We welcomed Dr. Hannah Walters, MD, Neurologist/Movement Disorder Specialist, to our March 3 meeting via Zoom, who spoke about dyskinesia and dystonia in Parkinson’s disease.
DYSKINESIA are movements outside of tremor, what Dr. Walters called, “the paradox of too much movement.” Dyskinesia is involuntary and uncontrollable, some times exhibiting as erratic and writhing whole body movements, other times just movement of the hands or face. For some people, there is only a feeling of restlessness (without movement), or akathisia.
Dyskinesia is not a symptom of Parkinson’s disease; it is a side effect of the medication used to treat it, a combination of medication and disease. “Not everyone with Parkinson’s disease gets dyskinesia,” Dr. Walters said. Estimates range widely from 30-80%. In an observational study, Parkinson’s Progressive Markers Initiative (PPMI), sponsored by The Michael. J. Fox Foundation, collected eight years of data and concluded, on average, it takes 5-6 years to develop dyskinesia. A Minnesota study reported after ten years, 60% of people with Parkinson’s had dyskinesia. 43% needed a medication adjustment and only 6% were unable to have controlled by medication.
“Females have a higher risk of developing dyskinesia,” Dr. Walters said. The theory is we weigh less, so the dosage of medication is higher per body weight compared to men. Some experts theorize the reason could be hormonal or that women have a different variation of the disease. Other risk factors that increase the chances of developing dyskinesia include: (1) younger age at onset; (2) dosage and length of time of taking levodopa; and (3) type of Parkinson’s: people who initially present as tremor-dominant have less risk than those with a slow and stiff initial presentation.
To complicate things even further, some people experience peak dose dyskinesia, others dysphasic dyskinesia (as meds kick-in or wear off and levodopa levels are rising or falling). Treatment approaches include changing dosage, timing, or formulation of levodopa medication (such as switching from an immediate release to a time-released form of medication). Sometimes Dr. Walters will add meds, sometimes take some away. Deep Brain Stimulation (DBS) is also an option. Physical therapy is a good add-on treatment to work on coordination and balance.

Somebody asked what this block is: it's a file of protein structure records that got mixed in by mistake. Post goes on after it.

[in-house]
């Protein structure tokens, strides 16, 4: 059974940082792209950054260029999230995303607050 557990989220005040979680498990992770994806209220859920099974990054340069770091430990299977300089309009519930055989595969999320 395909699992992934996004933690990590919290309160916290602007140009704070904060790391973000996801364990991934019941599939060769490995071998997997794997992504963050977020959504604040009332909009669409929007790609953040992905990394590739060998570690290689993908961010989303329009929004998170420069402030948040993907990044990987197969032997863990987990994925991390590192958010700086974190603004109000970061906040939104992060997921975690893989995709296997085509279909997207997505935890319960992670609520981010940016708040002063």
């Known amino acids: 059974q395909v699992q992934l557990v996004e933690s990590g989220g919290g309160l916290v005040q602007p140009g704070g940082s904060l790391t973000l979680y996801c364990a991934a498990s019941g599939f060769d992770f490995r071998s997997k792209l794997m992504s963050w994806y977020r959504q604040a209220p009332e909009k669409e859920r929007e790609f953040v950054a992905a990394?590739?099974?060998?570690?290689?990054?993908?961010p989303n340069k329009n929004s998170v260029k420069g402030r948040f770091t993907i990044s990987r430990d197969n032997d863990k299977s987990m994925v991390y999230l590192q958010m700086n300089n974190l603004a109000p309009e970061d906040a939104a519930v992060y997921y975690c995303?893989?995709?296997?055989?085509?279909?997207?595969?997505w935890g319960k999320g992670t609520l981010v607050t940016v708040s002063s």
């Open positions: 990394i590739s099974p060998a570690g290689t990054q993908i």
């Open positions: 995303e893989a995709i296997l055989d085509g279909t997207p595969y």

DYSTONIA is sustained or intermittent muscle contraction. The twisting, spasms, and abnormal posturing from overactive muscles contracting when they shouldn’t can be painful. Although often experienced as toes curling or extending, dystonia can occur in any part of the body, including the eyes (causing blinking) and mouth.
Dystonia can be triggered or worsened by voluntary action. It may exist as a distinct disorder or can be a part of dyskinesia where the uncontrollable abnormal movements are more sustained and more painful. Dystonia usually occurs during off periods and also in the early mornings.
Treatment for dystonia, like dyskinesia, depends on when it occurs. Medication adjustments and physical therapy as an add-on can be effective. Targeted botulinum toxin therapy (botox) may also help, although Dr. Walters said not for off-period dystonia. Botox injections work by weakening overactive muscles locally at the cellular level. Injections are given about 90 days apart. Other options are DBS, which works via a surgically implanted device to control stimulation of electricity to block electrical pathways in the brain; and pallidotomy, a neurosurgical procedure that destroys nerve cells via focused ultrasound. DBS can be adjusted and stimulation changed; it does not destroy nerve cells whereas focused ultrasound does.
Dr. Walters added that doctors rely on patient descriptions of how and when dyskinesia and dystonia manifest in order to diagnose the cause and recommend the best treatment. (A good reminder to carefully note the symptoms we experience to optimize our doctor visits.)
Levodopa classically causes most dyskinesia. It is also the best medication for treating Parkinson’s disease. Even with the longer-acting, time-released form of levodopa in Rytary, some people experience fluctuations. Anxiety, as we all know, makes dyskinesia worse. Stress, depression, and other emotions all impact the brain, causing the release of hormones (in addition to dopamine) in the body. Sleep can be restorative for dopamine. Dr. Walters said experts still don’t understand why some people get dyskinesia and some don’t.
As the disease progresses and symptoms worsen, higher doses of levodopa medication may be required which provide shorter durations of effectiveness and increased dyskinesia. There is no “window of time” that DBS works, according to Dr. Walters. These fluctuating responses to medication may be a good time to discuss options like DBS or Duodopa pump therapy (carbidopa/levodopa gel delivery through a surgically implanted feeding tube which provides more constant absorption) with your doctor.
Dr. Walters is currently seeing patients at INOVA’s Neurology offices on Wednesdays in Fair Oaks and Thursdays in Gainesville. She also sees patients via telemedicine and will be adding additional days at both offices. You can call 703-845-1500 to make an appointment.
See https://www.inova.org/clinical-trials for information about INOVA Neurology clinical trials.